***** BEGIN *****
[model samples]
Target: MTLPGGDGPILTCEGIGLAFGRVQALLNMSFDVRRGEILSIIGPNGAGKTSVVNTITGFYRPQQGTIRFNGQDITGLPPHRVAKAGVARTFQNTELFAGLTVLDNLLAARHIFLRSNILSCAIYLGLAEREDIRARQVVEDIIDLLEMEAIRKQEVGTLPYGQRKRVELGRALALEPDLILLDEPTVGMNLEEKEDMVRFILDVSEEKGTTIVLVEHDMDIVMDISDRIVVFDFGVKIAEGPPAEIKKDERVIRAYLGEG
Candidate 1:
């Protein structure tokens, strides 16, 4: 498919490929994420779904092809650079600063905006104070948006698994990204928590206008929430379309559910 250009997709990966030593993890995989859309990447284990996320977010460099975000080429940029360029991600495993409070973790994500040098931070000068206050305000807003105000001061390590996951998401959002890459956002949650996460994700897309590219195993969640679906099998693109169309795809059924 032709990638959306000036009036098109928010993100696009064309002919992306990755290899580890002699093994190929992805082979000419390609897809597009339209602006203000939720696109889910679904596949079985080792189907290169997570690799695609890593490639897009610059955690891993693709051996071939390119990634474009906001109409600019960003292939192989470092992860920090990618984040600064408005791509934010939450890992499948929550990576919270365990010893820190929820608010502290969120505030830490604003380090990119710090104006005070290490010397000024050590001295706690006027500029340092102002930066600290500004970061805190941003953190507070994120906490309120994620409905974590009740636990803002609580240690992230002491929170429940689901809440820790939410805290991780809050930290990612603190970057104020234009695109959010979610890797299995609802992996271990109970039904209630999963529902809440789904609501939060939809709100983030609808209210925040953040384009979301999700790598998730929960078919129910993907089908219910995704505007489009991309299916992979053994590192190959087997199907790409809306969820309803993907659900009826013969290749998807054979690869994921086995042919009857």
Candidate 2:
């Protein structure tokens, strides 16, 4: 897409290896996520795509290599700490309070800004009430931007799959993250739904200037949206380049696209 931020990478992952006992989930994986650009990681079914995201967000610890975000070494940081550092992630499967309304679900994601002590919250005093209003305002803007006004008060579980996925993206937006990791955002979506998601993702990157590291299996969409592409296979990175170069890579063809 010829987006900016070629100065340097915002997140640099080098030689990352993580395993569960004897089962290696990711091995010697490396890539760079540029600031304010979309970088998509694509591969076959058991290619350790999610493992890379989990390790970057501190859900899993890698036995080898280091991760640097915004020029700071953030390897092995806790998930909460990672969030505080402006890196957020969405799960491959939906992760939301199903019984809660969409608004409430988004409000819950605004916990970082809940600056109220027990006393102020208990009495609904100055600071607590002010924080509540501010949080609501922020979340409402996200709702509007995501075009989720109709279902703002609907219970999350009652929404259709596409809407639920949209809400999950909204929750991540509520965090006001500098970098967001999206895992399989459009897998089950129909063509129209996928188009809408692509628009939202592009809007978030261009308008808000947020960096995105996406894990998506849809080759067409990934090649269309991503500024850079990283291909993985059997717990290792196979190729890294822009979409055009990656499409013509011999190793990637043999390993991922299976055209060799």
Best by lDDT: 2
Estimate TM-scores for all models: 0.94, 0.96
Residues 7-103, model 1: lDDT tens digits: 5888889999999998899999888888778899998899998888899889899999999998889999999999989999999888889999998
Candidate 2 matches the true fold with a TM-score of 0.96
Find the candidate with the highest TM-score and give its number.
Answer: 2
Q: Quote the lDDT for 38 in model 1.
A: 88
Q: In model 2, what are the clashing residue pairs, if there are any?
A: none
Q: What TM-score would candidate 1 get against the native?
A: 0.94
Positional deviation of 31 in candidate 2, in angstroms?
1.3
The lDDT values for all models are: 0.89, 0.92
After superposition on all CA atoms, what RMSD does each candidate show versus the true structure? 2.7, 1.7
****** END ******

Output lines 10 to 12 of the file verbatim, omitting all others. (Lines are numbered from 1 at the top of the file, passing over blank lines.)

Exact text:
Candidate 2 matches the true fold with a TM-score of 0.96
Find the candidate with the highest TM-score and give its number.
Answer: 2